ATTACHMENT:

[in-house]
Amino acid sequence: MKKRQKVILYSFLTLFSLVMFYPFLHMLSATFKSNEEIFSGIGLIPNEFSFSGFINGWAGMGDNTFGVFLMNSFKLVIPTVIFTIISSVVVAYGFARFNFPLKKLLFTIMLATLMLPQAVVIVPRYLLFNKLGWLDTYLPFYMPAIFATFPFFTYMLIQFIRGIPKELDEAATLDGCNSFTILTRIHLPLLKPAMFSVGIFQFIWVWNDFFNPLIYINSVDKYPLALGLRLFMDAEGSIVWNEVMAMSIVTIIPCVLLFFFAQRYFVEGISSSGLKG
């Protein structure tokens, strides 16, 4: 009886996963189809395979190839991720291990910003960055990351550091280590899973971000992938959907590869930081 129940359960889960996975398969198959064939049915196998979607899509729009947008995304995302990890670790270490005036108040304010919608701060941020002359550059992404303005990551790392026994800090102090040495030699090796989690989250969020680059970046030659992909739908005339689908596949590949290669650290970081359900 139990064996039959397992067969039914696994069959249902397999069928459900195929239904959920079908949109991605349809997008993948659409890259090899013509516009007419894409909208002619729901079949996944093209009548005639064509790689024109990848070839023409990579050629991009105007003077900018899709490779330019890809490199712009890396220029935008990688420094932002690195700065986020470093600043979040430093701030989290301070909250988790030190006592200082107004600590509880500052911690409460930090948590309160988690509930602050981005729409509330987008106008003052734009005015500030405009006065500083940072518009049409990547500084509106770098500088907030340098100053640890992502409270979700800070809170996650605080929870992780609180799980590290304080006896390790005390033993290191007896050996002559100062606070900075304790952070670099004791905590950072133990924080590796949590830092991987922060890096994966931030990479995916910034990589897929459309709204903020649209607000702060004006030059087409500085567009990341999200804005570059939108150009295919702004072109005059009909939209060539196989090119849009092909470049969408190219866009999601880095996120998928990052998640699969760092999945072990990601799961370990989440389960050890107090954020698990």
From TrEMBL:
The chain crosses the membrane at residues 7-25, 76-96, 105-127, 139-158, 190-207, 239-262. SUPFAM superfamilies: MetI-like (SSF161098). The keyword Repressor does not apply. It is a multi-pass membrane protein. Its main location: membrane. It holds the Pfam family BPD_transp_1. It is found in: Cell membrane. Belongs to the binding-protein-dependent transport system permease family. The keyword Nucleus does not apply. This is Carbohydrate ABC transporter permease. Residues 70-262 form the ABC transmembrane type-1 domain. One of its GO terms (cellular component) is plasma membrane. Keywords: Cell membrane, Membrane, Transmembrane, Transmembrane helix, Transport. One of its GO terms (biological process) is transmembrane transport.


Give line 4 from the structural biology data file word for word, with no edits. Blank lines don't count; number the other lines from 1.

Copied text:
From TrEMBL: